Eugene Portman on piano

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Interesting, Humorous and Weird Facts About Music

 

 

 

 

Tin Pan Alley is an actual place in New York City and it’s the nickname for the side streets off Times Square, where for generations music publishers have auditioned new songs. The name came from the late 1800s, when the awful sound of cheap tinny pianos coming through the open office windows of hundreds of publishers was likened to the beating of tin pans.


Originally, the first line to Irving Berlin's "White Christmas" was "I'm sitting by a pool in Beverly Hills dreaming of a White Christmas. "A friend suggested to him that he drop the reference to Beverly Hills, and the song went on to become the most commercially successful song ever.


American composer John Cage (1912–1992) composed a work in 1952 entitled 4' 33", which consists of four minutes and thirty-three seconds of silence.


Louis Armstrong holds the record of oldest chart topper. Having reached number one in the UK in 1968 with the song ‘What A Wonderful World’. He was 67 at the time.


Scientists in Germany have discovered that pianists have more efficient brains. A group led by Dr. Timo Krings required pianists and non-musicians of the same age and sex to perform complex sequences of finger movements. Their brains were scanned using a technique called "functional magnetic resonance imaging" (fMRI) which detects the activity levels of brain cells, by measuring changes in blood flow. The non-musicians were able to make the movements as correctly as the pianists. However, the amount of brain activity in areas controlling movement was different. The pianists made the correct movements while having less brain activation. Thus, compared to non-musicians, the brains of pianists are more efficient at making skilled movements. These findings show that musical training can enhance brain function.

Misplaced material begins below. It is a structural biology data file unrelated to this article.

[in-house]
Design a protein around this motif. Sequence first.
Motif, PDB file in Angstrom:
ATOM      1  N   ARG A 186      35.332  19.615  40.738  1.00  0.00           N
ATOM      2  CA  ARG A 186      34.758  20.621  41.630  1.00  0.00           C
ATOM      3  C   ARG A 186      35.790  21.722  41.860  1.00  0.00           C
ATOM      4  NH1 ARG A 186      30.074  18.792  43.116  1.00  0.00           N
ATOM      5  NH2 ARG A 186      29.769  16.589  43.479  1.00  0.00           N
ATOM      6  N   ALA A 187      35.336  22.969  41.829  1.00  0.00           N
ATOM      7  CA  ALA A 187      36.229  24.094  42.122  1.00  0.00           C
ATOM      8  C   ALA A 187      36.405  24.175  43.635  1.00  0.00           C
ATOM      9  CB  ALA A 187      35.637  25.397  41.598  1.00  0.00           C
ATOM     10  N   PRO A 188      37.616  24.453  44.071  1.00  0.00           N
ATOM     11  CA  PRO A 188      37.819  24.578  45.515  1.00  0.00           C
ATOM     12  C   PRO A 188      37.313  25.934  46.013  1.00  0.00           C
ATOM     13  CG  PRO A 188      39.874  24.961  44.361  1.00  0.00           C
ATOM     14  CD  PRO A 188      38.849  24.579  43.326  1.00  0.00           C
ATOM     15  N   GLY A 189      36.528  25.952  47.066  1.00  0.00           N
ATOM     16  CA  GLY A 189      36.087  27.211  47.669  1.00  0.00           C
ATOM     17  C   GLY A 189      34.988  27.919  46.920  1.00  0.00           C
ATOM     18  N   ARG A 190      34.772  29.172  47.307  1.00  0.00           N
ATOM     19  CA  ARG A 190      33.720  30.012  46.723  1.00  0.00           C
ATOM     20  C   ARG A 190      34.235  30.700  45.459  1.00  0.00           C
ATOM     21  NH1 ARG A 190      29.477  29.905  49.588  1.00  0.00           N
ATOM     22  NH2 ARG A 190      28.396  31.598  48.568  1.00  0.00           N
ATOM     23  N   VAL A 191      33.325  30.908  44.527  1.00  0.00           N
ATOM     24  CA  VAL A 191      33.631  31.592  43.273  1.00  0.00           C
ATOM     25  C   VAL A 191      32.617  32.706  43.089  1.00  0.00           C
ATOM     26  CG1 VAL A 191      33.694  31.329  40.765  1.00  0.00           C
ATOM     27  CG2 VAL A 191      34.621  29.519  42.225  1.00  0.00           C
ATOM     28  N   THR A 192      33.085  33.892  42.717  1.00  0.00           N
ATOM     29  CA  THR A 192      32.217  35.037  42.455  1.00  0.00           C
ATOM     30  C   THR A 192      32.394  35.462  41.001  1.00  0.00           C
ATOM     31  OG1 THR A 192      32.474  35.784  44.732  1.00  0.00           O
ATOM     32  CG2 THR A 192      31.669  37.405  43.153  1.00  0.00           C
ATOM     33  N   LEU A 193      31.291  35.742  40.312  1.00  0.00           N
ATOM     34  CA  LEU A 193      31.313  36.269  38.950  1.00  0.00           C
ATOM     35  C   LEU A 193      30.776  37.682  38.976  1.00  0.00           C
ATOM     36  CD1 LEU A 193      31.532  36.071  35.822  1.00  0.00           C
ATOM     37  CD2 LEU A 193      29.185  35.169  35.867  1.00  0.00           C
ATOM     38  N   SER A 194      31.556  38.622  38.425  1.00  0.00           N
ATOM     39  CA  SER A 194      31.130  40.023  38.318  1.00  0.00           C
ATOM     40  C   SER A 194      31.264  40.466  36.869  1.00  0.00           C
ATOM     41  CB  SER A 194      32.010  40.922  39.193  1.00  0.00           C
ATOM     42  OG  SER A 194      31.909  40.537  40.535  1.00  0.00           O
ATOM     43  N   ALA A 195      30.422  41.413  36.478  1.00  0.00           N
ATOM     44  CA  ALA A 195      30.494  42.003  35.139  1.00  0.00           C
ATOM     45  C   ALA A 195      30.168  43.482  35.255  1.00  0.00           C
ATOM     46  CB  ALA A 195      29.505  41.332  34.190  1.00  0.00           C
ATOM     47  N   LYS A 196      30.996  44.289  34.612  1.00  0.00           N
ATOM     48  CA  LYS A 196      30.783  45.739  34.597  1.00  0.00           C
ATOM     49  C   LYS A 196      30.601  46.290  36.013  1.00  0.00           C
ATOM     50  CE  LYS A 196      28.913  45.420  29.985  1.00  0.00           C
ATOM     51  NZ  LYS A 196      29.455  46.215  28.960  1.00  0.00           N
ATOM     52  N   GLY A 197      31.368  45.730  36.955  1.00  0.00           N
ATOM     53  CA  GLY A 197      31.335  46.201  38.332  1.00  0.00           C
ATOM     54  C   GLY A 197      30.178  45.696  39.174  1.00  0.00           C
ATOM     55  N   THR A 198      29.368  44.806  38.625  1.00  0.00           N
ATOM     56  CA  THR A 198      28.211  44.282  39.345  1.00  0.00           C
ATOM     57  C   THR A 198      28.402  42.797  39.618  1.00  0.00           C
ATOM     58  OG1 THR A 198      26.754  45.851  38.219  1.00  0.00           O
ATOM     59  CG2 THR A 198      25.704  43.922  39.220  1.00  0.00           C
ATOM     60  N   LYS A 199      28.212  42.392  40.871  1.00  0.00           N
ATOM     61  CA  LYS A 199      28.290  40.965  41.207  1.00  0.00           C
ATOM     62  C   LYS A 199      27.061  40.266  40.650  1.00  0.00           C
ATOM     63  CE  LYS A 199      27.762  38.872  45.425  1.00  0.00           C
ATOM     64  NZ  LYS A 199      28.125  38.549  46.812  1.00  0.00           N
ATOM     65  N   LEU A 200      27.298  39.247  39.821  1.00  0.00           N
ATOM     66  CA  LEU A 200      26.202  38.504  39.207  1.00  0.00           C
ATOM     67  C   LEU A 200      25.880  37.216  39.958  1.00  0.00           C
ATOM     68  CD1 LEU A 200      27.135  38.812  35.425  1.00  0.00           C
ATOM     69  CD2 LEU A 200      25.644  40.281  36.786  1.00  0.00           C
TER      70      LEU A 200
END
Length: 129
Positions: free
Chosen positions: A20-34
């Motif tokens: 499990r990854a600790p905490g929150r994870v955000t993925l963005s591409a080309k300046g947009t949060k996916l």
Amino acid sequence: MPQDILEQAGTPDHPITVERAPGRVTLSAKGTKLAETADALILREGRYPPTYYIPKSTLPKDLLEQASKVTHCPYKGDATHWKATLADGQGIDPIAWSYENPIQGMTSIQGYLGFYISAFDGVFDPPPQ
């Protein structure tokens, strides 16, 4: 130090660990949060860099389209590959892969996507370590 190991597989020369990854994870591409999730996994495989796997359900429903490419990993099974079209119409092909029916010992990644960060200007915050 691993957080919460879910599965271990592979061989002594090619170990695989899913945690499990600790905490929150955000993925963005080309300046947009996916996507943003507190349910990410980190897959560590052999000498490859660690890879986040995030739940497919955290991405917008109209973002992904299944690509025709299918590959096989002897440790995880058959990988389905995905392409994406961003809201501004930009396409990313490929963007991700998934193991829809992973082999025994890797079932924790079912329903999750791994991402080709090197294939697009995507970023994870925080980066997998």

The song with the longest title is 'I'm a Cranky Old Yank in a Clanky Old Tank on the Streets of Yokohama with my Honolulu Mama Doin' Those Beat-o, Beat-o Flat-On-My-Seat-o, Hirohito Blues' written by Hoagy Carmichael in 1943. He later claimed the song title ended with "Yank" and the rest was a joke.


The longest piano piece of any kind is 'Vexations' by Erik Satie. It consists of a 180-note composition which, on the composer's orders, must be repeated 840 times so that the whole performance is 18 hours 40 minutes. Its first reported public performance in September 1963, in the Pocket Theater, New York City, required a relay team of 10 pianists. The New York Times critic fell asleep at 4 a.m. and the audience dwindled to 6 masochists. At the conclusion, one sado-masochist shouted 'Encore!'


The longest rendering of a national anthem was 'God Save the King,' performed by a German military band on the platform of Rathenau railway station in Brandenburg, on February 9, 1909. King Edward VII was struggling inside the train to get into his German Field-Marshall uniform, so the band had to play the anthem 17 consecutive times.


At only four lines long, the Japanese national anthem is the shortest national anthem. The longest is the Greek national anthem at 158 verses long.